Skip to main content

London seeks to end the annual turf war over naturalized front yards

A naturalized yard is seen in east London, Ont. in this undated image. (Daryl Newcombe/CTV News London) A naturalized yard is seen in east London, Ont. in this undated image. (Daryl Newcombe/CTV News London)

Proposed changes to the Yard and Lot Maintenance By-law would clarify rules for growing wildflowers and plants as an alternative to grass lawns.

“There shouldn't be any legal question of whether someone is allowed to grow naturalized cover on their property, barring any health or safety concerns,” Brendon Samuels told the Community and Protective Services (CAPS) Committee on Tuesday.

Last year, Samuels urged city hall to modernize the by-law after receiving a complaint about his front yard of native plants, grasses and wildflowers.

After reviewing best practices from other municipalities, the updated by-law would permit naturalized yards to better reflect council’s goals and strategies around climate action, species diversification, and supporting pollinator habitats.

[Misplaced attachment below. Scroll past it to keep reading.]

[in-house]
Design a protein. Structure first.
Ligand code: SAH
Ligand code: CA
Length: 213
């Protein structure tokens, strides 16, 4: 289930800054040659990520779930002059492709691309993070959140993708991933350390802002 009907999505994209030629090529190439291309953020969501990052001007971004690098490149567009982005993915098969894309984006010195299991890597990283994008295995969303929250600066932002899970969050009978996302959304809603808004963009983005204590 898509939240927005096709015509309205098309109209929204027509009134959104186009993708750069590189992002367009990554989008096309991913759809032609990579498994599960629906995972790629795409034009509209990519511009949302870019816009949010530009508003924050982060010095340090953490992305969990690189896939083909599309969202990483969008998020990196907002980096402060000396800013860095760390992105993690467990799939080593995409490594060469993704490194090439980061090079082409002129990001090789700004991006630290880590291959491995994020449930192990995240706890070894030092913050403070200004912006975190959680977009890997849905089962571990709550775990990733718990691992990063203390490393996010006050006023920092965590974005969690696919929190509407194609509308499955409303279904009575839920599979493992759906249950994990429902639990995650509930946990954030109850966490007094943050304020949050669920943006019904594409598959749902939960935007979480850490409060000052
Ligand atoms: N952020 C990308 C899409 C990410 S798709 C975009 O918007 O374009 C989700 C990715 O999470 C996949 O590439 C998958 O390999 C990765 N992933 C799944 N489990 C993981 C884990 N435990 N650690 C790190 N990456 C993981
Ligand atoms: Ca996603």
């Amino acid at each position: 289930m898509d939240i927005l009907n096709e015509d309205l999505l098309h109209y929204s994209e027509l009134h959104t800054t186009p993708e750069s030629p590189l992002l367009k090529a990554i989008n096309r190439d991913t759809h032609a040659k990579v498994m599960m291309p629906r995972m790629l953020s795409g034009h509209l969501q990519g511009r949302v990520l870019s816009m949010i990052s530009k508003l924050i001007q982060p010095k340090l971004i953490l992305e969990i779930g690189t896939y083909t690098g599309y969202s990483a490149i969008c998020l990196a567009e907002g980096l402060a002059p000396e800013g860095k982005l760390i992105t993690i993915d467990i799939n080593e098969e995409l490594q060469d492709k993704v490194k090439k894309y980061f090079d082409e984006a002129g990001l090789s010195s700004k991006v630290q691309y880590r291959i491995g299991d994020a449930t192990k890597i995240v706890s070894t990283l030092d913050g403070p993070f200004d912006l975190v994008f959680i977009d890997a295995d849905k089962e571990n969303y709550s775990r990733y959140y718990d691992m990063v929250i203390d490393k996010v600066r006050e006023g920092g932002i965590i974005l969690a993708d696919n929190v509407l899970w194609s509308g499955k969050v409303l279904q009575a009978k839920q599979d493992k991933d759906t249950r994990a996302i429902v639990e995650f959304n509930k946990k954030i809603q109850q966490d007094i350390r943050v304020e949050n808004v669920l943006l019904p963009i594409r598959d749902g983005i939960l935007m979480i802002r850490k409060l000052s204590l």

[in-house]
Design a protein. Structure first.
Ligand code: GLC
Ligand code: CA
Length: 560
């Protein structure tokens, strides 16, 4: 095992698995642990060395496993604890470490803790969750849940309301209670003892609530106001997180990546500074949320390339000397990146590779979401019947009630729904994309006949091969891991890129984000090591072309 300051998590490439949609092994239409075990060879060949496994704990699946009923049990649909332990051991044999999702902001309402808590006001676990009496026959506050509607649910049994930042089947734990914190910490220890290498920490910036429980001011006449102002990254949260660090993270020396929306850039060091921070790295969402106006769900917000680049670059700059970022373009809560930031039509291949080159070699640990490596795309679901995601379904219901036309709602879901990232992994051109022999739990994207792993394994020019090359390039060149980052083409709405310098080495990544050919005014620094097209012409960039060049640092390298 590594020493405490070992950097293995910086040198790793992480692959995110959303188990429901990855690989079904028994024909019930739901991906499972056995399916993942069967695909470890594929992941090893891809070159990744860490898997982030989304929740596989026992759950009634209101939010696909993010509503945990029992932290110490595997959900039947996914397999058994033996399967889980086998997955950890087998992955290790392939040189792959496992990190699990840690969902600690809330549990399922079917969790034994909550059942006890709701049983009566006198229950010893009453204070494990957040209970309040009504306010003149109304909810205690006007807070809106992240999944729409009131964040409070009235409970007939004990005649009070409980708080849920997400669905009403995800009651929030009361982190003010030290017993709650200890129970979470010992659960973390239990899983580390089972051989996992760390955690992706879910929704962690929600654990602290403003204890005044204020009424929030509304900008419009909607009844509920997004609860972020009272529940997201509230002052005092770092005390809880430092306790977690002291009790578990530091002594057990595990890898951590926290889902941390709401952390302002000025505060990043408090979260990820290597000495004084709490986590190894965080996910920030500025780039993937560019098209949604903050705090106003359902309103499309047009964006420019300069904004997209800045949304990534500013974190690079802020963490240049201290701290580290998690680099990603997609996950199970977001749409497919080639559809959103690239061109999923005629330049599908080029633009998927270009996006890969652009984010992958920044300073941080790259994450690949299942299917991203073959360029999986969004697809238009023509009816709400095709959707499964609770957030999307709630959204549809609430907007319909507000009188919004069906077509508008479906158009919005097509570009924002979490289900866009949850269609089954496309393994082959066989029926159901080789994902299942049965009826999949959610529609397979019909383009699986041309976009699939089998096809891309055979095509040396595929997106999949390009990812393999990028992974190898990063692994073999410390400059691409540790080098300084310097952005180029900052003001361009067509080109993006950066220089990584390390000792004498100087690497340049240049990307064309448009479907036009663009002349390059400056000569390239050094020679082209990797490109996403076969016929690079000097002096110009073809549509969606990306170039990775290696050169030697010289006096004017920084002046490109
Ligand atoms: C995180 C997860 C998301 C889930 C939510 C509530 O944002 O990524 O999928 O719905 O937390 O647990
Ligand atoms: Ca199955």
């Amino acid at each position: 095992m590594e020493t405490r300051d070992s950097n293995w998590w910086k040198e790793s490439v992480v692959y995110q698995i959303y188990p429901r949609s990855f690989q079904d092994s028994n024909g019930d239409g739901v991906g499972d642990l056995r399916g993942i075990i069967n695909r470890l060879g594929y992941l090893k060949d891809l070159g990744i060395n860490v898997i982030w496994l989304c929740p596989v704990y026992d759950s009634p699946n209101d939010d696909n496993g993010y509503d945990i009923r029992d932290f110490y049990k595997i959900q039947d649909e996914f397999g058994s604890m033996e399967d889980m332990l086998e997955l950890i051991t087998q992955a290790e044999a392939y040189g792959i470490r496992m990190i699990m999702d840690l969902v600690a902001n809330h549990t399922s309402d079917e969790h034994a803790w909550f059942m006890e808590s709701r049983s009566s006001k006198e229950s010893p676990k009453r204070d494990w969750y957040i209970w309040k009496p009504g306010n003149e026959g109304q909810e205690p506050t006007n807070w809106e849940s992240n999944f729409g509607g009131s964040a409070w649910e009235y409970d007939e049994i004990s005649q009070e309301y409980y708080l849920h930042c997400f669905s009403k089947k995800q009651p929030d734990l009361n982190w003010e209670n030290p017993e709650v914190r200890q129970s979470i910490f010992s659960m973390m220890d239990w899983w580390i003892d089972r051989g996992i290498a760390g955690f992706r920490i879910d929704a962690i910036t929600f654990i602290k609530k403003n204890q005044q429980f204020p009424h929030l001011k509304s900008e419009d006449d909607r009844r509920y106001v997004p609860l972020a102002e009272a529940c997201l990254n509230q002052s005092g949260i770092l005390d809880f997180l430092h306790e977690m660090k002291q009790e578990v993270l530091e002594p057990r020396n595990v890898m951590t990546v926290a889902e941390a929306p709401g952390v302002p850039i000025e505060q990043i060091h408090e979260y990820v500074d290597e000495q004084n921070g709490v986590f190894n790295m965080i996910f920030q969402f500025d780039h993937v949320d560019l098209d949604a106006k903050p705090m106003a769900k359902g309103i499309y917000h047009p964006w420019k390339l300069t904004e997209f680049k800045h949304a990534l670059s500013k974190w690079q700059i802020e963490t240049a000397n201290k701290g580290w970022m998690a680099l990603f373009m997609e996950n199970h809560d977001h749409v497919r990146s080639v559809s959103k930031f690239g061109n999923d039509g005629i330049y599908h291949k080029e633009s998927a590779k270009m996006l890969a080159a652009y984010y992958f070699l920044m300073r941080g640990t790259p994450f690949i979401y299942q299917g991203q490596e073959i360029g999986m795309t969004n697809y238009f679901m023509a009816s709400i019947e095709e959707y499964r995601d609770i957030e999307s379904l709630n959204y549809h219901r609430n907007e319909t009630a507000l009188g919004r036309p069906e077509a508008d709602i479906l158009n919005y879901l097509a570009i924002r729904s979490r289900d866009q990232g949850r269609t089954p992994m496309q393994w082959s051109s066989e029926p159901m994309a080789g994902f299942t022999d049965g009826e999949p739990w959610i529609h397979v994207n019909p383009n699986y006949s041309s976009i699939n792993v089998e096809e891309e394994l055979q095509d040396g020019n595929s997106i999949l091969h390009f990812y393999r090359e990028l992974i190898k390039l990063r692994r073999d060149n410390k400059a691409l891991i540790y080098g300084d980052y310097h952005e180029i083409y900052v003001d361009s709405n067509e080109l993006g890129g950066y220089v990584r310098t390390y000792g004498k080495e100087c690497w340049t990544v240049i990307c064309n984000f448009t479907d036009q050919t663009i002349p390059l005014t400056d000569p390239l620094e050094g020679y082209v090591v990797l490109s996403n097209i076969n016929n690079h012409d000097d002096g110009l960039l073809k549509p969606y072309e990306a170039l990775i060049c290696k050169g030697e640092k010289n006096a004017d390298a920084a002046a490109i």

The report reads, “We sought to remove judgement from the regulation and enforcement of the by-law particularly around naturalized yards and to reduce the number of calls we receive regarding differences of opinion regarding yard aesthetics.”

Traditional turf grass lawns will have a maximum height of 20 centimetres (8 inches), but naturalized plantings will be permitted up to 0.9 metres (3 feet) within any corner visibility triangle or driveway visibility triangle.

All property owners must ensure the growth of their grassed or naturalized lawns do not create a public health and safety hazard, or a nuisance.

To provide clarity for enforcement staff and the public, and to reduce the bias toward traditional grassed yards, several definitions would be removed from the by-law including ‘naturalized areas’, ‘perennial gardens,’ and ‘wildflower meadows.’

In addition, a list of ‘prohibited plants’ would be developed that may differ from the Weed Control Act.

The list will provide local flexibility to define invasive and noxious plants.

“I would like to see greater guidance given to the garden centres,” said Coun. Sam Trosow. “They should not be selling things to the public that are detrimental to our city policy.”

The CAPS Committee recommended council approve the modernized by-law on March 5.

The city receives approximately 4,000 complaints each year about yard maintenance.

Penalties for violating the by-law would rise from $175 to $300. Top Stories

Stay Connected